“Unsustainable” Florida Retirement System (Says Gov. Scott) Has Best Gains in 25 Years
FlaglerLive | July 20, 2011
Lifted by gains in the stock market, the Florida Retirement System pension plan gained $19 billion in the fiscal year that ended on June 30. The 22 percent gain is the biggest in 25 years, reports the State Board of Administration, and larger than the 14 percent gain from last year. The total value of the pension plan has soared to $128.4 billion.
The state pension plan performed better than its benchmark, a goal of 21.7 percent, and better than many of its peers that have also reported returns for the fiscal year.
Ash Williams, the executive director and chief investment officer for the State Board of Administration, said “by staying the course and being able to use strong partnerships to take advantage of market opportunities” the pension plan was able to rebound by $54 billion from a recent low of $83.3 billion just 27 months later.
But even with promising returns, thousands of employees are fleeing the traditional pension plan to the state’s 401(k)-style investment plan, which reported an 18.1 percent return and has 136,500 participants.
No doubt sparked, at least in part, by the uncertainty surrounding long-term employment in state government, 8,300 public employees made the switch this year, which is double the number of employees that made the same switch last year.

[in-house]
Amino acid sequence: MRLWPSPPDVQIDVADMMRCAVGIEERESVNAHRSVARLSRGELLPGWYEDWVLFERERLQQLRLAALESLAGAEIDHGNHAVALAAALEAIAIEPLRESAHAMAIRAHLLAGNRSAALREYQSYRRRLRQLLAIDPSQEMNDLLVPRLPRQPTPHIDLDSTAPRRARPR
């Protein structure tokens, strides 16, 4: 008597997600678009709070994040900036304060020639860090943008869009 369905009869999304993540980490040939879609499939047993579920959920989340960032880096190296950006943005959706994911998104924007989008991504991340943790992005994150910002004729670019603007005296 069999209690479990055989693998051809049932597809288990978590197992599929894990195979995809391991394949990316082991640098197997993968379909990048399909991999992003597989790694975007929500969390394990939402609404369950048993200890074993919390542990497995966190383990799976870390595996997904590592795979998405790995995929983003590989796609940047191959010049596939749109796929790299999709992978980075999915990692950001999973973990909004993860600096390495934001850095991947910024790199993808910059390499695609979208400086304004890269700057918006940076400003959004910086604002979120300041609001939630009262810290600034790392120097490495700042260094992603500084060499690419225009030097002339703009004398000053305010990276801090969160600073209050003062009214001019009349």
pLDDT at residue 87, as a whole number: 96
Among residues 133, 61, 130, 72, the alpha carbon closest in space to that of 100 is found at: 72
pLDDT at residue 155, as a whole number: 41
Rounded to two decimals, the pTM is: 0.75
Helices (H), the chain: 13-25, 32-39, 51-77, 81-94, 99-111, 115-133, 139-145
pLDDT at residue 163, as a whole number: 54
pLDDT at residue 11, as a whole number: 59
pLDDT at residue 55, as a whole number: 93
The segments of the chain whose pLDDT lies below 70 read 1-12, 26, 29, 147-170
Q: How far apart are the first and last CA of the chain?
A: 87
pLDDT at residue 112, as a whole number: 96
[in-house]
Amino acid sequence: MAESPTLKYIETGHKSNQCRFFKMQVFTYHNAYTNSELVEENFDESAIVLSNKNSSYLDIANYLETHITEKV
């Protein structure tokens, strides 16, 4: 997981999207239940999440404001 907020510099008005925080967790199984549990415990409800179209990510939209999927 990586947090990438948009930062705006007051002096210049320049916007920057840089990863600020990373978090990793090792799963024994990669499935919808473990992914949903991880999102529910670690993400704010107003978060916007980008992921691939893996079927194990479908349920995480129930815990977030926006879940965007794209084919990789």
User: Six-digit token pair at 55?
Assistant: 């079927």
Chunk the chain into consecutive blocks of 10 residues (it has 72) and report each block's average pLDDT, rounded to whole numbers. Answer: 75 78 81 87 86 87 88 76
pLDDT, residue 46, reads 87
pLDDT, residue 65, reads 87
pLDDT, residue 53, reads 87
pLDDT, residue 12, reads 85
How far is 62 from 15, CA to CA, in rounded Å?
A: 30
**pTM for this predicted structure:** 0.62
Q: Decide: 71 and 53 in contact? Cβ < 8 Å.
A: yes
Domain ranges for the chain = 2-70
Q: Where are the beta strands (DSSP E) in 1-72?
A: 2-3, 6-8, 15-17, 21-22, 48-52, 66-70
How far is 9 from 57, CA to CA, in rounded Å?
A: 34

Nearly 25 percent of new hires chose the 401 (k)-style investment plan, a slight increase from recent years.
The Florida Retirement System pension plan serves nearly 1 million people, making it one of the largest public pension plans in the nation. Participants are drawn from state government and local governments.
Though not all public pension plans have released their returns for the fiscal year, the ones that have show that FRS performed better, according to an SBA spokesman. Only CalSTRS, the public pension plan for California teachers, performed better with a 23.1 percent return.
Florida’s retirement system has drawn scrutiny lately from Gov. Rick Scott, who questioned whether the pension plan was sound and called for reforms that included requiring a 5 percent contribution by employees.
The Legislature instead required a 3 percent contribution from all public employees, which kicked in this month. The 3 percent contribution equates to a 3 percent pay cut, with no equivalent gain at retirement in additional retirement compensation. A lawsuit filed by the Florida Education Association and other union groups is challenging the new requirement.
Doug Martin, a spokesman for the Florida chapter of the American Federation of State, County and Municipal Employees, called the 3 percent contributions “harsh medicine,” but said it could have been worse.
“Thank goodness the Legislature didn’t shut it down,” Martin said. “It really is one of the shining stars of state government.”
Still, Scott’s concerns about the state pension plan have apparently not been entirely eased.
As recently as July 1, the St. Petersburg Times reported that Scott warned in an email to state employees that across the nation, pension systems are “unsustainable” and would require major tax hikes to stay solvent.
“The pension reform we accomplished this year prevents tax hikes, and also protects the retirement of government workers,” Scott wrote in the email.
–Lilly Rockwell, News Service of Florida